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homophobia irony alert racism trump

Dude is mad [homophobic slur] and [ethnic slur] think his Trump shirt promotes hate

He mad
He mad, too

Oh, Trump fans, never change!

Ted • 20 hours ago Bernietard in Lit told me that I was promoting "hate" by wearing a Trump shirt. This dude is your quintessential SWPL faggot. Even before Trump he hated me. All because I called dramakids fags like a year ago. Aside from that and a few glares from spics, I got nods and thumbs ups from peers . My friends didn't make comment on it. They already know me as that trump supporter lol Being a vocal Trump fan hasn't damaged my life...yet. 2 • Reply•Share › Avatar Det. Snide Ted • 20 hours ago Fuck the spics. Keep up the good work.

 

 

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Monzach
Monzach
4 years ago

@Alan Robertshaw

I know you didn’t ask me, but I have to admit that I’m not a rally driver. I guess…I guess that I’m a bad Finn. *sobs* 🙁

Skiriki
Skiriki
4 years ago

Monzach: TORILLA TAVATAAN. 😀 I am in Central Finland, dunno where everyone else is, and soon I gotta stay at home because KITTIES. Namely, see that they settle in and stuff. My place is welcoming, though. And I’ll even promise to bake nummies.

Alan: We know who are our modern day male heroes and men name themselves accordingly, but it is a good thing that nobody knows the secret names of our Fempire’s agents and heroines. ALL HAIL KATI! I mean, *khm* Katie.

Monzach
Monzach
4 years ago

@Skiriki

Well I live in a small settlement on the South Coast. You may have heard of it, Helsinki? 😀

I hope Central Finland is getting a bit more snow, and in more permanent form, than we are this winter. It’s been a constant relay race between snow and rain these past couple of weeks…

Sorry to derail the thread, but come on, this is pretty much the most Finns in one place on the Internet that I’ve seen. 😀

WeirwoodTreeHugger
WeirwoodTreeHugger
4 years ago

I guess I’m Nordic adjacent, being from Minnesota and partially of Norwegian and Swedish descent.

EJ (The Other One)
4 years ago

Nordics (and pseudonordics like Finns) are awesome. It’s no wonder that the cool places on the web would attract them.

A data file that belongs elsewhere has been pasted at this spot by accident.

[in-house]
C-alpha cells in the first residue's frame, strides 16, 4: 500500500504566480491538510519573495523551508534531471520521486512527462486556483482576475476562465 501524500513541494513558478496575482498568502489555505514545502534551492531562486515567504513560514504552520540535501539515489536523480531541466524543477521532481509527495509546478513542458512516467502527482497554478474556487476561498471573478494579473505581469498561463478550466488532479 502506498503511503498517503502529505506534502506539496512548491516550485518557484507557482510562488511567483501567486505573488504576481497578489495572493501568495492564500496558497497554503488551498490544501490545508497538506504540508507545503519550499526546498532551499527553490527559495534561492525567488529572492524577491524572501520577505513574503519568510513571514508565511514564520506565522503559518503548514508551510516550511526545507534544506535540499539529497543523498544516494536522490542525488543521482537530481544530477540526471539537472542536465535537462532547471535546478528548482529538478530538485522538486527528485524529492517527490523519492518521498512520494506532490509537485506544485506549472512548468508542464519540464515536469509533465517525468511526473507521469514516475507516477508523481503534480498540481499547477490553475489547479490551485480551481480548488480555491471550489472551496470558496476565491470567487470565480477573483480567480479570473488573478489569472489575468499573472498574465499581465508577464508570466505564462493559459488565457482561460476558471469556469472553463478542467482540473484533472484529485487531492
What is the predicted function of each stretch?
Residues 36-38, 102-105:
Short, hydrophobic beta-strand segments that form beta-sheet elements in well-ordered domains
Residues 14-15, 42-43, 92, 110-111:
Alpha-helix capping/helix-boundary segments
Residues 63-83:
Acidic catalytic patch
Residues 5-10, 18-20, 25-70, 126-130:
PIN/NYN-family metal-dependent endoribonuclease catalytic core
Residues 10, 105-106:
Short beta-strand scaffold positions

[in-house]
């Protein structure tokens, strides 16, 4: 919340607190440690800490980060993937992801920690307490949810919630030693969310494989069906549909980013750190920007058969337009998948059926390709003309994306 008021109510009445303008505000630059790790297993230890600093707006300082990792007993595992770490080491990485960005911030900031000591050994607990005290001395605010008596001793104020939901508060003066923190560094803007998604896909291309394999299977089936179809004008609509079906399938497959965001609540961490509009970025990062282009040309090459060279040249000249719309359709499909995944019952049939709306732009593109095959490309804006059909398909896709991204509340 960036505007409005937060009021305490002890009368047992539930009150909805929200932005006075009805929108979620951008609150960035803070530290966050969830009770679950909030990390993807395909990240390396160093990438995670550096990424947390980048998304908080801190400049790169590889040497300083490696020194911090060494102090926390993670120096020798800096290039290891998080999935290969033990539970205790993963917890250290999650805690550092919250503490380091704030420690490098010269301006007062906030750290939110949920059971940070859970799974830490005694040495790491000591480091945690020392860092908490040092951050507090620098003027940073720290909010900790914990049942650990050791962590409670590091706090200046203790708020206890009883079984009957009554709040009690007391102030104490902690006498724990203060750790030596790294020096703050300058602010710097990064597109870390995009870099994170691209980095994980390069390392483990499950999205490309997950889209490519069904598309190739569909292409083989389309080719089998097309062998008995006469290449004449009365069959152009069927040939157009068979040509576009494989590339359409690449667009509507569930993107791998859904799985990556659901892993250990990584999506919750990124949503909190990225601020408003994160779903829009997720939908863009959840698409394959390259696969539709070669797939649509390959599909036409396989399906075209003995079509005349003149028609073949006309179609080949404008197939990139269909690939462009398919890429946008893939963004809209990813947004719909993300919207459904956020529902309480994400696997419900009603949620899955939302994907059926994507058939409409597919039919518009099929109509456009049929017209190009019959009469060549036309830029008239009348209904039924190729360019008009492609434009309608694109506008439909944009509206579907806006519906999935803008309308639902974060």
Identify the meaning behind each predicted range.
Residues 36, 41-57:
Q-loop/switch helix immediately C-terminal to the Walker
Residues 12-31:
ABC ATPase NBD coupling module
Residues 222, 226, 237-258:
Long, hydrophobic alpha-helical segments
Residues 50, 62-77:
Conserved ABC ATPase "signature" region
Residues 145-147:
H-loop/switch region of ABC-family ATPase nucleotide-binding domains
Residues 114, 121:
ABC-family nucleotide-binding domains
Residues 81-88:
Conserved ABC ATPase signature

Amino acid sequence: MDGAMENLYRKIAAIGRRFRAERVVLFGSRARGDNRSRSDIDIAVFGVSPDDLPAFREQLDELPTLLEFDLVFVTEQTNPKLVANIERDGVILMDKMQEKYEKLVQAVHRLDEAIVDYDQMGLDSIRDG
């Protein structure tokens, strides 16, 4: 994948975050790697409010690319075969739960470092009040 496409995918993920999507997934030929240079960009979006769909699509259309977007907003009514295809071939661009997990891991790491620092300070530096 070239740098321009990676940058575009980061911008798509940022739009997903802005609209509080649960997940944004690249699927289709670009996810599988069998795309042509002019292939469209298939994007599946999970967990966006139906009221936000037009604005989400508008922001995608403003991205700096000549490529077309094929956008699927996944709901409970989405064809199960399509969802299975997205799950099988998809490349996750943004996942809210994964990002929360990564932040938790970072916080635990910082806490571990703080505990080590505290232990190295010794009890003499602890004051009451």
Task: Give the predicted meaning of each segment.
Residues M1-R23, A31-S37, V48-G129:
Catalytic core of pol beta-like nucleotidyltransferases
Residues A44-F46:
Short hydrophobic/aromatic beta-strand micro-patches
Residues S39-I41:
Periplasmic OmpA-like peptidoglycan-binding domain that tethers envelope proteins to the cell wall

I have some friends up in Oulu, if that helps, and a university friend in Tallinn, which isn’t in Finland but I’m told that the locals like to think that it is.

Skiriki
Skiriki
4 years ago

Monzach:
Oh yeah, that place. I hear y’all don’t even have wolves there! How the heck you toughen up the kids and teach the difference between puppies-ok-to-pet and puppies-NOT-ok-to-pet?

And when it comes to snow, this place is currently pretty miserable. It is more like sky dandruff than proper snow and a lot of it went away when we got a week-long rainfall.

WWTH: I’m sure I have enough authority to declare you a honorary-definitely-Nordic. And everyone else who wants to be. You want to be one? Come here, let me declare you one. 😀

Alan Robertshaw
Alan Robertshaw
4 years ago

Any of our Finnish friends familiar with the band Sielun Veljet (or L’amourder as they are in the UK)?

Loved that lot.

Alan Robertshaw
Alan Robertshaw
4 years ago

@ skiriki

I was born in the Danelaw and I would have rooted for the other side at the Battle of Stamford Bridge. Can I be one please? 🙂

ETA: I also love the film Trollhunter and know a lot about the Telemark Heavy Water raids.

Monzach
Monzach
4 years ago

@Skiriki

Ah well, that’s why we keep the other parts of Finland around, so that we can send our youngsters out there to learn how to be proper Finns in the forests. 😀

It’s too bad that you’re not getting much snow, either. I have to wonder how we’re going to survive now, since we’re not getting toughened up by a proper winter…

@Alan Robertshaw

I really like Sielun Veljet a lot. I used to live quite near to the singer of that band, Ismo Alanko and I’d see him every now and again. Perks of living in a small-ish city in a small country, I guess. 😀

opposablethumbs
opposablethumbs
4 years ago

::trying slightly too earnestly to be a little bit cool:: I’m a quarter Norwegian – according to the little bit of family history I know, at least (never met that grandmother, unfortunately, or indeed any of the Norwegian distant relatives, but they’re definitely there somewhere – someone apparently decided to do a big genealogy project a few years ago, and tracked us all down).

Skiriki
Skiriki
4 years ago

Alan:

Absolutely! *bops Alan with an icicle-magic wand* You’re now a honorary Nordic! Enjoy!

And yes, I know Sielun Veljet, I’m in that age slot where they were a pretty big name in my childhood, and so on. Not a huge fan, though I won’t scream if I somehow end up hearing their music, more like “okay, that was a thing”.

Monzach: Yeah. Maybe we’ll need to build halls with icy, cold conditions where people can wield sticks… wait. We already got those, never mind.

Monzach
Monzach
4 years ago

@Skiriki

It has been a long time since I’ve last visited one of those temples to true Finnishness, since I really can’t stand modern ice hockey. 😛 I know, I know, I’m showing even more treasonous tendencies than you dared expect.

Imaginary Petal (formerly dhag85, trying out pronouns - they/their)
Imaginary Petal (formerly dhag85, trying out pronouns - they/their)
4 years ago

I once thought maybe I would be able to trace my ancestry back to something cool. My grandfather worked his way back to the mid 1700s to some guy who had almost exactly my name and lived pretty much down the street from us. -_-

Alan Robertshaw
Alan Robertshaw
4 years ago

@ monzach

When they exile you, you won’t even be able to go to Canada!

Verily Baroque
Verily Baroque
4 years ago